Constrains of Pixar However there existed multiple constrains holding back Pixar from breaking away from Disney which included the following: 1. Pixar still owed Disney three films under its present arrangement, which will run at least through 2005. 2. Disney had an extensive distribution and marketing capabilities given its status as the premier family brand, with far-reaching marketing, distribution and licensing power 3. The hold over sequels of films made by Disney-Pixar would suffer as per contractual agreement
As of November 2005, Pixar’s strategic options were as follows: 1. Being acquired by Disney Being acquired by Disney would provide Pixar with better positioning vis-a-vis their competitors like Lucasfilm, DreamWorks, MGM, Universal, Paramount etc. Disney has been one of the very few companies to have grown with the animation industry and it has a unique collection of assets like theme parks which Pixar could leverage. Also acquisition by Disney would increase the P/E ratio of Pixar which would be welcomed by the investors. Pixar shareholders will receive 2.3 Disney shares for every Pixar share they own. The most profitable company would be Apple. The deal would give Apple iTunes more video content to offer.
2. Renegotiating the previous deal with Disney Another option would be renegotiating the deal with Disney. This would reduce Disney to be just the distributor, something which Disney has already rejected. But given the success history of Pixar and Disney’s not so successful results when making films alone, Disney would want to get associated with a successful animation company like Pixar, something which Pixar would like to leverage.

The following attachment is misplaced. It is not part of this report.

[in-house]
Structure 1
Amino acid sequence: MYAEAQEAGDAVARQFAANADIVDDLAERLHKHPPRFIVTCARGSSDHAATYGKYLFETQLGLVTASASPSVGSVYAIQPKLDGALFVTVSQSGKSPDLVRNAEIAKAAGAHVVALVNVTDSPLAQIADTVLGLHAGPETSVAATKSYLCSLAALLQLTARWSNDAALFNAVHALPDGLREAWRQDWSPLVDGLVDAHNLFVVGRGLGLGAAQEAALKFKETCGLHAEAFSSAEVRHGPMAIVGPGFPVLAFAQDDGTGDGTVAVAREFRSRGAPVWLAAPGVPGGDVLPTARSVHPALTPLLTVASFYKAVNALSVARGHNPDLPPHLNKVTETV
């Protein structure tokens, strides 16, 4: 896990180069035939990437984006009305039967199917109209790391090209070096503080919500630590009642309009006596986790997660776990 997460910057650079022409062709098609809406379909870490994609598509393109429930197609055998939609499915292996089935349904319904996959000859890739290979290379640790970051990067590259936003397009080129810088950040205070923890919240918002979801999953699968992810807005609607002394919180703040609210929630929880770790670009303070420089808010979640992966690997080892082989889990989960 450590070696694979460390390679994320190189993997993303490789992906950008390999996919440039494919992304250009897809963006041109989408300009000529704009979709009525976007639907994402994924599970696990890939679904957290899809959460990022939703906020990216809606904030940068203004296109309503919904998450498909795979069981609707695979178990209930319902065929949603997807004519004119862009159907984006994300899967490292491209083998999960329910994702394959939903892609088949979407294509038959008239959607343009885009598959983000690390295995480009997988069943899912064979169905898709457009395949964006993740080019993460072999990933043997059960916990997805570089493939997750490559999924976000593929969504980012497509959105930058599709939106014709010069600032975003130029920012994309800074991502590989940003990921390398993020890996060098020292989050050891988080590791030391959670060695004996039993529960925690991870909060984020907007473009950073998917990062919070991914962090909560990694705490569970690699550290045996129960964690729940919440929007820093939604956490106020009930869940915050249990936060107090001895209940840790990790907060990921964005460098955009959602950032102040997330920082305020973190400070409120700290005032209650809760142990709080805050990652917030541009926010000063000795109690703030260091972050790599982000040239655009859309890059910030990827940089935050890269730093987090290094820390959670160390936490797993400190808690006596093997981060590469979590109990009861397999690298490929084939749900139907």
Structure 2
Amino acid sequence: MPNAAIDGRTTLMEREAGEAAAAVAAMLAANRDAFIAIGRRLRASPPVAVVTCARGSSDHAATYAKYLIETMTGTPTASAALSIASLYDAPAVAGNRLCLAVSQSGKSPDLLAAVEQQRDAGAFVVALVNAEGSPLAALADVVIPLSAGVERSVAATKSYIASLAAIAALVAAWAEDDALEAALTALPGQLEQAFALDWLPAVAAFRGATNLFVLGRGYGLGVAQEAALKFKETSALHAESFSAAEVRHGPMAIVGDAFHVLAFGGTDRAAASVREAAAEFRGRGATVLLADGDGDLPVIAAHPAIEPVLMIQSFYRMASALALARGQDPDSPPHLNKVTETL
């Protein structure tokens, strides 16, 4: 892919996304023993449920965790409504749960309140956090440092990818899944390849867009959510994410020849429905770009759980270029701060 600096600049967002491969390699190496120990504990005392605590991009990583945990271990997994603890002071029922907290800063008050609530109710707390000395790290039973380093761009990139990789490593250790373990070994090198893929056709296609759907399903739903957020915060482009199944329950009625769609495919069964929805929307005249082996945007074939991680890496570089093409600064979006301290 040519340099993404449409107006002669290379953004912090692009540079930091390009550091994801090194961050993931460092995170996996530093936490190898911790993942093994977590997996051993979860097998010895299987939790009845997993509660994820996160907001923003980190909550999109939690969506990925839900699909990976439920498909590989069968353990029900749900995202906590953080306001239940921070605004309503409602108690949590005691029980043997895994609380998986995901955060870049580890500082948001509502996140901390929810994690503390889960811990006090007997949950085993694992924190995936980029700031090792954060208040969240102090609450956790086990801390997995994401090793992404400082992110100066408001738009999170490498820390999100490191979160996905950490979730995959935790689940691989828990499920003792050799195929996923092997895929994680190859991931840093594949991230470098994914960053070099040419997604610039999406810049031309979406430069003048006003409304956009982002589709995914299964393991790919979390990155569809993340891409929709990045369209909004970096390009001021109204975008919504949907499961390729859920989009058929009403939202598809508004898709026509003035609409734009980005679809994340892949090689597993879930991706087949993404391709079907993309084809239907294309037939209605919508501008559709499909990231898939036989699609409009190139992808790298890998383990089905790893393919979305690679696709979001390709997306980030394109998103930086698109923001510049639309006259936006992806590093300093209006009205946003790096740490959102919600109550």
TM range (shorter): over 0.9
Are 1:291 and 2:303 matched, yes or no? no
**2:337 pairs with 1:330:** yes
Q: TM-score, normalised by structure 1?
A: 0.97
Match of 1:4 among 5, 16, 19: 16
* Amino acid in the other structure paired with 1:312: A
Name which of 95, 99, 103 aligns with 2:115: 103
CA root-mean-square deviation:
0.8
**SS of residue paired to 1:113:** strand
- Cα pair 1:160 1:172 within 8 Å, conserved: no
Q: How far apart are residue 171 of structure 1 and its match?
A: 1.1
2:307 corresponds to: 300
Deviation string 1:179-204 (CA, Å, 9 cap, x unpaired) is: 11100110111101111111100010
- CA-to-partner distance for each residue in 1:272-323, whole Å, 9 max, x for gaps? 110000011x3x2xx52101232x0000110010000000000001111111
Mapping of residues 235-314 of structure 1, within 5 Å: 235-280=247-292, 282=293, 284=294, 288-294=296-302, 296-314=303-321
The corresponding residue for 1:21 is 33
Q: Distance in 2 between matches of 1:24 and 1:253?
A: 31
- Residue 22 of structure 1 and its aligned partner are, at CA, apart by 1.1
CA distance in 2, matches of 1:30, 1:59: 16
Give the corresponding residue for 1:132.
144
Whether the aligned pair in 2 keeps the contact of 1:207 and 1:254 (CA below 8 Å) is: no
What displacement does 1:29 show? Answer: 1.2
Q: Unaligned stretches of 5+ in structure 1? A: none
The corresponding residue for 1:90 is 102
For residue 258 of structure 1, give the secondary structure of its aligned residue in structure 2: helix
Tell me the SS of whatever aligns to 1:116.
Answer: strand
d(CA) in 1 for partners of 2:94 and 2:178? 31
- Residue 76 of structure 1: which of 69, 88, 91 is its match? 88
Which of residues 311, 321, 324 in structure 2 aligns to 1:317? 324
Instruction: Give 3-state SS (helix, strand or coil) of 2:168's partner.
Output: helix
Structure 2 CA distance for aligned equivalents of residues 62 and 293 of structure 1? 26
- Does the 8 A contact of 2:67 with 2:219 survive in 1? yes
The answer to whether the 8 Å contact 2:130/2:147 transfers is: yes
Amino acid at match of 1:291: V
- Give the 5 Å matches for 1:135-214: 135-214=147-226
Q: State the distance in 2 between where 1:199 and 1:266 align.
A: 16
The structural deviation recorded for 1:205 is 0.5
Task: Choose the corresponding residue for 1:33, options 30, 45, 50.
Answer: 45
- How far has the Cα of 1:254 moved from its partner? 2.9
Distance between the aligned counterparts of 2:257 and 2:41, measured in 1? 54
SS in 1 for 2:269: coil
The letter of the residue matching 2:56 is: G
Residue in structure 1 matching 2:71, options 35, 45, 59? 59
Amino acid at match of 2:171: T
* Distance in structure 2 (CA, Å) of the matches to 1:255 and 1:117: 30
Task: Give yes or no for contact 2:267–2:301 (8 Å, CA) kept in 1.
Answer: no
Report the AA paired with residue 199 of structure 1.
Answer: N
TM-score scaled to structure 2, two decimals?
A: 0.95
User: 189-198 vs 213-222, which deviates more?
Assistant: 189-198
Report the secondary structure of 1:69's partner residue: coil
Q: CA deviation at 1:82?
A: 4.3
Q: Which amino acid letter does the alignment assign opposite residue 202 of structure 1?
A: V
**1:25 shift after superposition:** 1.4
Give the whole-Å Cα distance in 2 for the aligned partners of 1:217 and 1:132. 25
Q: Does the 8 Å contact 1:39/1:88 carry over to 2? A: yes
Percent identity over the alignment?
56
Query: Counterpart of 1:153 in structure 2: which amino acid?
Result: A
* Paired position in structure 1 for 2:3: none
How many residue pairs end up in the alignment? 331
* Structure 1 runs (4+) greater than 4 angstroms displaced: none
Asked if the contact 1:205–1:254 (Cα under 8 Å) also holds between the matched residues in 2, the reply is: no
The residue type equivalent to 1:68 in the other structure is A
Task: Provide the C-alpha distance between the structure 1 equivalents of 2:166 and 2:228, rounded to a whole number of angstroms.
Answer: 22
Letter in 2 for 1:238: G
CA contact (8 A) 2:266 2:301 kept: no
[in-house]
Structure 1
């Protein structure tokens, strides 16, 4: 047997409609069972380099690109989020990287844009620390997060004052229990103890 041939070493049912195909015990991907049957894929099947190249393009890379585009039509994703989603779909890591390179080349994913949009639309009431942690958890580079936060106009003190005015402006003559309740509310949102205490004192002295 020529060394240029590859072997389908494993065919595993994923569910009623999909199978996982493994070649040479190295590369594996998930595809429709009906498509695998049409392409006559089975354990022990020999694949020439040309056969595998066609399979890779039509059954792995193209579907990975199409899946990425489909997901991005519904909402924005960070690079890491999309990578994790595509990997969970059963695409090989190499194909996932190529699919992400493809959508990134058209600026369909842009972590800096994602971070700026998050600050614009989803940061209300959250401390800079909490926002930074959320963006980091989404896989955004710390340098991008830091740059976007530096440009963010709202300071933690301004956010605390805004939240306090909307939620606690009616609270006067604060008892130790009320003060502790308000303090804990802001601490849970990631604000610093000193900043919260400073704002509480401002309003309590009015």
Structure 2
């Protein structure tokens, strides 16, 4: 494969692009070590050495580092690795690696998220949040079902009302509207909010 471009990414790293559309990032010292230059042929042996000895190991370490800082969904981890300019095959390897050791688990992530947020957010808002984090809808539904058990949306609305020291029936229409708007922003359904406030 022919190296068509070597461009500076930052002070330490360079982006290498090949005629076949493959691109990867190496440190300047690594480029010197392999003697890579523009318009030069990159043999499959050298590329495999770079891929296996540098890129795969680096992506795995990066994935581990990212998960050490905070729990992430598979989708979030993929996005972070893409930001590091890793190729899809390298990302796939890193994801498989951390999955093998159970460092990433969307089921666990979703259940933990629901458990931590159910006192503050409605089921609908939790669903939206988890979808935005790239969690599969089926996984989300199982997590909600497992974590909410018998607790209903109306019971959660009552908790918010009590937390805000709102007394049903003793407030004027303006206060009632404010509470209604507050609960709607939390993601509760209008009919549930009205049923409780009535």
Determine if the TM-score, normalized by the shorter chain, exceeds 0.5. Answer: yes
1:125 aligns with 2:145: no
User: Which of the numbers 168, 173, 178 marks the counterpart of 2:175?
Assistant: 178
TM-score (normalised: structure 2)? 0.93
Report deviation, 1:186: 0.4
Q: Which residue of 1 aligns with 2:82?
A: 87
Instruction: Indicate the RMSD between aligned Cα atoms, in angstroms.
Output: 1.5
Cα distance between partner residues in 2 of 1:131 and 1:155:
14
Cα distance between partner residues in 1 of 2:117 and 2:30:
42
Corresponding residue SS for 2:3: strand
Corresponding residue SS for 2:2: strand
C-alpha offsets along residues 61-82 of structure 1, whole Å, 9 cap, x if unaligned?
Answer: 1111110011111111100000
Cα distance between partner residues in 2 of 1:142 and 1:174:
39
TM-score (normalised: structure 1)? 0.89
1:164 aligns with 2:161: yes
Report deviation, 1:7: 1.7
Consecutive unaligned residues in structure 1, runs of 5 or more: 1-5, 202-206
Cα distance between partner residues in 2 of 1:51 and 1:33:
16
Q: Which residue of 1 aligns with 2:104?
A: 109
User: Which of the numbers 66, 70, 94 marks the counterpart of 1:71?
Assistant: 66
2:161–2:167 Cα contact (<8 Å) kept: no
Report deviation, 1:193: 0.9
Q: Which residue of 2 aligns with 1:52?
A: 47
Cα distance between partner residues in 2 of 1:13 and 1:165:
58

3. Negotiating a new deal with a rival company of Disney/Strategic Outsourcing In that deal, Pixar would strike a deal with larger companies like Lucasfilm has with Twentieth Century Fox, in which the larger studio gets only the distribution fees. Pixar was ready to take charge of 100% production pay for only the distribution fees. Although the option is attractive for Pixar as they are in a commanding position to achieve the deal following its success history, but it would mean two different companies with two different sets of shareholders and hence, two different agendas.
4. Joint Ventures: Joint ventures would reduce cost as well as risk associated with forward vertical integration. Also this is useful for cross border reach. Though the risk of dissipating industry know how exists, given the proprietary nature and highly skilled resources of Pixar in computer generated animation, such spill over can be easily contained. If the industry in which the acquired company participates has the potential to remain profitable, then the target passes the industry attractiveness test. Disney & Pixar’s synergy has produced smashing hits in the box office. Disney has a deep pocket and Pixar has a huge talent base.
Pixar is a large player in the industry in terms of developing and producing computer animation and Disney has positioned itself strongly as a family entertainment company .The combination of these two companies will be very difficult to imitate. Thus the combination of Disney and Pixar will result in a little stabilization where competitors will not like to target them . Hence it would reduce the rivalry.
Bargaining power of the Buyer is low in this industry. Due to the advent of so many ways to watch a movie it is almost certain that the interested viewer will watch the movie. Also because of Disney theme parks etc, there will be constant exposure towards the movie. Threat of Substitutes will be low. Substitute products can be theatre or other forms of entertainment. But these forms cannot match up to the appeal it creates in the general mass. Threat of new entrant is high in animation industry due to cheaper technological products. But when the acquisition takes place finding the talent will be tough because as a strong brand, the Disney-Pixar combination will attract more talent. Hence, the merger will increase the attractiveness in the industry.